Yesterday a friend informed me about these 2 documentaries that were being screened in town, Yagoon Calling (based on the Punk culture in Burma as of June 2011) and Wariazone (based on the transgenders in Indonesia). It had been quite some time since I'd given my wholehearted attention to a socio-political issue so I was more than willing to join him. Long story short, the movies were good. I'm probably not gonna review them here for my own thoughts on these matters are not concrete. However, what kept striking me for most part of the evening was how different people are, in their beliefs, in their approach to a problem, even in their sense of who they are. I'm no anthropologist, but it wasn't quite hard to gauge the complexity of my race.

Recently some of my friends have been feeling under pressure, a few because they can't get their parents to agree with their choice of a life-partner, a few because they've been trying to excel academically for so long that they're exhausted and want to give up, and a few like me, who just can't figure out what they wanna do next!

If only people could ease-up a little, try to rise above those obsolete social norms, and picture the world in a different light, things could get a lot better.


This post is about gratitude. Something so simple, yet so rare.

We have a canteen system in our university. Each one having stalls representing different cuisines. Over the years of feasting at your favorite canteens, you grow familiar with the stall owners. In return they start recognizing you too, often to the extent of catching on with your taste and preparing your order in advance, and if kind and trusting enough, they might sometimes let you pay them later or round up your bills and spare you from rummaging your pockets for change.

Some of them however make you wonder.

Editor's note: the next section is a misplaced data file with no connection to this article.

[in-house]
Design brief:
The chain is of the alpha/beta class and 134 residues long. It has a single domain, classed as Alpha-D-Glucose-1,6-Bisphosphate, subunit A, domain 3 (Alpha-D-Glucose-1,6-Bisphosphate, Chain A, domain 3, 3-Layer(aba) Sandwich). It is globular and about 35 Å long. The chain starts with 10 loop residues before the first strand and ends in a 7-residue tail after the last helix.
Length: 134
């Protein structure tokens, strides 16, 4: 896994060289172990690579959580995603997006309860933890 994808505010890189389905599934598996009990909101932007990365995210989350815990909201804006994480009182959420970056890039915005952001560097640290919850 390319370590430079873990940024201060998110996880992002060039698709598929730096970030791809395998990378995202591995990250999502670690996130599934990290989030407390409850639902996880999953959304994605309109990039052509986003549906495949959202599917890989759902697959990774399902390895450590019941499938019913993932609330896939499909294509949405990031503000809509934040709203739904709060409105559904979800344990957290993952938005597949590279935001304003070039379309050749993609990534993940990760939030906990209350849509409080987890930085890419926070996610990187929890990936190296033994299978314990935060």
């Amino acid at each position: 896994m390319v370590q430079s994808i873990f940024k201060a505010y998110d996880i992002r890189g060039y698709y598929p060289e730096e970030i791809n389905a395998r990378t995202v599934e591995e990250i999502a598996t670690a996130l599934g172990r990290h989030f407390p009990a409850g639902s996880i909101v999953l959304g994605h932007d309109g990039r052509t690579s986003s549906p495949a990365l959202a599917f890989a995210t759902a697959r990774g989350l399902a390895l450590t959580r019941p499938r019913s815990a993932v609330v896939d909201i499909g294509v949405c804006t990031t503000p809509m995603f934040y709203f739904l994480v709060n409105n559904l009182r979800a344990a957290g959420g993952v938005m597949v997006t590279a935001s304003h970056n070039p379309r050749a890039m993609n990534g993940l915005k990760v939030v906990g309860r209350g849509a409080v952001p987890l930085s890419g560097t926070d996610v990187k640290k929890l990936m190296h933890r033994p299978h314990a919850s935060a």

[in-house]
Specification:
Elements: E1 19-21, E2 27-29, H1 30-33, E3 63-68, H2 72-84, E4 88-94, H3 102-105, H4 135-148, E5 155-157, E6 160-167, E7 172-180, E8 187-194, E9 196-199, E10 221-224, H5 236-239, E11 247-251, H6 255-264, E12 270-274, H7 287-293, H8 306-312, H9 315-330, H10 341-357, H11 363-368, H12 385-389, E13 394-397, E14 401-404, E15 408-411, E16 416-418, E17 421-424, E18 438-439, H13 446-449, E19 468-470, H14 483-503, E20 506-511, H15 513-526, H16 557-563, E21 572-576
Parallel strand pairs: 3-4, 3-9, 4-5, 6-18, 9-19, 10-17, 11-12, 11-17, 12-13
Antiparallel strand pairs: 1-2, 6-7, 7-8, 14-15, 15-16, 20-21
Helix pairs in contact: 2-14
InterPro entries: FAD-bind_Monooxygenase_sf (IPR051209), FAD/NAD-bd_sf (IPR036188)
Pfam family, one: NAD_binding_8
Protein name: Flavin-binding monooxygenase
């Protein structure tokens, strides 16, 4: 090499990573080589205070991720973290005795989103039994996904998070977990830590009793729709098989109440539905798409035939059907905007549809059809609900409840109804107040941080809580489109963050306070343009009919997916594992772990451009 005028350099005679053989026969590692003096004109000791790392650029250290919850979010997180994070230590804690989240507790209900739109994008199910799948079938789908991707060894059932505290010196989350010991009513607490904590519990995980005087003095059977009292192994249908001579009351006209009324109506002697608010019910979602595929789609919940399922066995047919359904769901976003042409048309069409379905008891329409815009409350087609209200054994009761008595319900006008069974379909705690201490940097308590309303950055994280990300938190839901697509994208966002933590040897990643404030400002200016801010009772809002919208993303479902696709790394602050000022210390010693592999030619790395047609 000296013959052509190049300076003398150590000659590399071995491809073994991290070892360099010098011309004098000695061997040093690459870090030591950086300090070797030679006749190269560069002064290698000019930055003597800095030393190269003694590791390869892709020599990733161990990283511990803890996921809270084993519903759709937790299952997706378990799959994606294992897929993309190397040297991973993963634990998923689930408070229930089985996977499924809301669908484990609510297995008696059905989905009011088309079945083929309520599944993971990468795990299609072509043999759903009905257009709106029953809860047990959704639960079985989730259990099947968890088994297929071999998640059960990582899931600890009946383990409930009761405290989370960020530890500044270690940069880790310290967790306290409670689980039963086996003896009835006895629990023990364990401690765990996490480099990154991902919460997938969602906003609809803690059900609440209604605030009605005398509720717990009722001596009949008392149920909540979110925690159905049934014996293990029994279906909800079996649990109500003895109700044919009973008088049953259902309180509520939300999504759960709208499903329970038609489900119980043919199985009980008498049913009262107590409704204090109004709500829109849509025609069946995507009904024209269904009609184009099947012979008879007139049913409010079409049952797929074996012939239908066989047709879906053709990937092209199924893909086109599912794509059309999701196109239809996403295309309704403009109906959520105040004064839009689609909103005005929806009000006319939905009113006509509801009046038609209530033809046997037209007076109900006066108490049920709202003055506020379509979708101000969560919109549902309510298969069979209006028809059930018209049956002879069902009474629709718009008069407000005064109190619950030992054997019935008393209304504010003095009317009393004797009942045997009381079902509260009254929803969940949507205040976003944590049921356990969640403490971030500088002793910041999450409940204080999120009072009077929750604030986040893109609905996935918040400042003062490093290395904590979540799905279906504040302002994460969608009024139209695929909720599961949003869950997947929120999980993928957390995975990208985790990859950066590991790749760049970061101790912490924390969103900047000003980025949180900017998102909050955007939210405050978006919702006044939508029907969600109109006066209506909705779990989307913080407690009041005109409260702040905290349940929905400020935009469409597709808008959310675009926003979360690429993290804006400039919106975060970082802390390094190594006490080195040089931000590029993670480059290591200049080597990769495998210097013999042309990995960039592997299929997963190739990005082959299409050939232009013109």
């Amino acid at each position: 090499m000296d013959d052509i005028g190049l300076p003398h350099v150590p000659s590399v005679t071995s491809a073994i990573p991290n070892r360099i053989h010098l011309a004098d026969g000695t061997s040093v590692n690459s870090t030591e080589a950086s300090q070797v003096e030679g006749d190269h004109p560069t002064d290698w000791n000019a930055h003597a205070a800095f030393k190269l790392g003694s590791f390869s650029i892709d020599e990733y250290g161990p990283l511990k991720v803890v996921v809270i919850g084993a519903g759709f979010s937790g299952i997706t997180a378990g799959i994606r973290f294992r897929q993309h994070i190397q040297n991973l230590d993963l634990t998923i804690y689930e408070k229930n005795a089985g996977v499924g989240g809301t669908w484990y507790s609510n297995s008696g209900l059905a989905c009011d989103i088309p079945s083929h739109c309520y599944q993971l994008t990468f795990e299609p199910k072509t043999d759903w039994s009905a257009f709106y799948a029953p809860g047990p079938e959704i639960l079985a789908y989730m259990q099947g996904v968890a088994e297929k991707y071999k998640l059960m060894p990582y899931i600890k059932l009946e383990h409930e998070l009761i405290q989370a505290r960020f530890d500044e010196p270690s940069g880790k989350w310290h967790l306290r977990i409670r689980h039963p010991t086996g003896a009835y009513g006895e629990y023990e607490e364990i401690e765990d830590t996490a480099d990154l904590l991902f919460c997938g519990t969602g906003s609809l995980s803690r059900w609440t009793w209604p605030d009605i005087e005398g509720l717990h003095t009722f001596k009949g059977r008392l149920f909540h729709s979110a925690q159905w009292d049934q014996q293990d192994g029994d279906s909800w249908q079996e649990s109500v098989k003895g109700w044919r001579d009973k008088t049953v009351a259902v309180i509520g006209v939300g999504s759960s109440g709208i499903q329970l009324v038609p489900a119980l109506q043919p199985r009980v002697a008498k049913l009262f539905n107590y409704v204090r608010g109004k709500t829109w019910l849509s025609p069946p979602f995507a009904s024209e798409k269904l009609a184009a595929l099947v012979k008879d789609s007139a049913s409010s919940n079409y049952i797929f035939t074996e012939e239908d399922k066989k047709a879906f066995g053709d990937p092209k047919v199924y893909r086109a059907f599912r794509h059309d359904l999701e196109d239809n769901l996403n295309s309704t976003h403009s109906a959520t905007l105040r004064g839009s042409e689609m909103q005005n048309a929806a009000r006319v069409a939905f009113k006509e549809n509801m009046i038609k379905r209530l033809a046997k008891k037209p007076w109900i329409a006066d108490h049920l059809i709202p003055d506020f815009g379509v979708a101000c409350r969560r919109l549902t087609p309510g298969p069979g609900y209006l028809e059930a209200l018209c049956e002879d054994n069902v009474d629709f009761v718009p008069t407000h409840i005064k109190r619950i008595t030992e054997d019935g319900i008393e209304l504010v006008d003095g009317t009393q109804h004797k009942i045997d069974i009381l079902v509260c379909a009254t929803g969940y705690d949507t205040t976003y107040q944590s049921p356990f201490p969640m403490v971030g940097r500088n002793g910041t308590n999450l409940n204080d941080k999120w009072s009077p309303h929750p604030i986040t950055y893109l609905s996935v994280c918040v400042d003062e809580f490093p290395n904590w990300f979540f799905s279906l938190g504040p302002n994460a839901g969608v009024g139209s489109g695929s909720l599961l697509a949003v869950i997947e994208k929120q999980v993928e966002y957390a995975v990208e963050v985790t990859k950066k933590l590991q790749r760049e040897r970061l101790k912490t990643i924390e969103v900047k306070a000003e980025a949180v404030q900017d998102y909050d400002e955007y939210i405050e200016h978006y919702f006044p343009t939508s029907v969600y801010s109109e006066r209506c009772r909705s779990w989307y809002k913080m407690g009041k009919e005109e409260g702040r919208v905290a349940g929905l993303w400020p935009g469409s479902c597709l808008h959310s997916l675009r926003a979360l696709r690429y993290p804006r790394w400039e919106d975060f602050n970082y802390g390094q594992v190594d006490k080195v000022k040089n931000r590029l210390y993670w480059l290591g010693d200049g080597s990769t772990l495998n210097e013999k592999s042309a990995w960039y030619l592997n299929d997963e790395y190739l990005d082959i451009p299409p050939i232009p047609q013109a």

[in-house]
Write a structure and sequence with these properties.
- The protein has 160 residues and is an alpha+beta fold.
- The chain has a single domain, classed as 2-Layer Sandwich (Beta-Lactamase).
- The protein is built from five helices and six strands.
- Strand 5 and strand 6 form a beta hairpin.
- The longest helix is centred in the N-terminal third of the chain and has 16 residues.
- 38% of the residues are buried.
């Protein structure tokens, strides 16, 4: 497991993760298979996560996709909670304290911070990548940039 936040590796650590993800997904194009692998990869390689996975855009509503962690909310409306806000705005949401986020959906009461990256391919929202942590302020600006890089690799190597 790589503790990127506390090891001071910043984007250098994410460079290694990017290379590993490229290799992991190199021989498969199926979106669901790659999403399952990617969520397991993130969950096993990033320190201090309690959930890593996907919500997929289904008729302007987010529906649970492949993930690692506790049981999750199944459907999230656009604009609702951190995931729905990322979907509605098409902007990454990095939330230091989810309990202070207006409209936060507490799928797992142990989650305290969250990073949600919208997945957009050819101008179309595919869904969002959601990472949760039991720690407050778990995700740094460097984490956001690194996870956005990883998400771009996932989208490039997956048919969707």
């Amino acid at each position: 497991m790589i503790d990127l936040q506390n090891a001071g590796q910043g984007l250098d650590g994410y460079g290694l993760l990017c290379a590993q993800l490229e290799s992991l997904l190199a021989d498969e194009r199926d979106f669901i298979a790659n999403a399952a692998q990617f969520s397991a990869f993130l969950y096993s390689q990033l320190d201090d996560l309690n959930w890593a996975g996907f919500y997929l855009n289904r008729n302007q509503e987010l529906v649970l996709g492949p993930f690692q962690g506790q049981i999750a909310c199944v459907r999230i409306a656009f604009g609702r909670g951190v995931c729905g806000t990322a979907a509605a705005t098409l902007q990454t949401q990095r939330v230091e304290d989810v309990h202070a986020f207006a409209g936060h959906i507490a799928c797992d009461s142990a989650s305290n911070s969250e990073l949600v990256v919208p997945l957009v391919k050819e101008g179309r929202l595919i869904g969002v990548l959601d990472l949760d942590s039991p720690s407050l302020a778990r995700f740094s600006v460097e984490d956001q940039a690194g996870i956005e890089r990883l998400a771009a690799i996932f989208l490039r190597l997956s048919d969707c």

There's this old chap who mans his stall with the help of an assistant and a cook. If I didn't know any better I'd say he was the reincarnation of grumpy the dwarf. The only thing that makes me look past that perpetual frown on his face, is the mouth-watering assortment of dishes on display at his stall. These few weeks I've been visiting his stall on a regular basis and each day seems to lay on him fresh griefs and miseries. He would be stingy in the portions he gives, would haggle over the prices and always sound pathetic, forgetful and miserable. Almost enough to make you lose your appetite even before the start of your meal. My first reaction towards his behavior was pity. I figured the guy had a lot of troubles to deal with and the least I could do was not hate him for that, but sometimes his insolence would cross the line and I would wonder if things are really that bad or if it's just him.

They say with gratitude the universe is infinitely abundant.

There's a metaphysical idea (as showcased in the movie happythankyoumoreplease) that the universe is listening to you, it's always hearing you and so if something great is happening, you can say, "I'm happy! Thank you! n yea yea yea I'll take more of that, I'll order more of that you hear me?" Gratitude is this really powerful force that so few have ever really felt. Like that old guy we're all a little restless and dissatisfied with what we have because everything culturally is trying to show us what we don't -"if only I had that I would be happier" but even after getting that, we wake up the next morning, still unhappy.

The only worthwhile prayer is a prayer of thanks. To be grateful for what you have and not sad or angry for what you don't. I wish he'd realize that.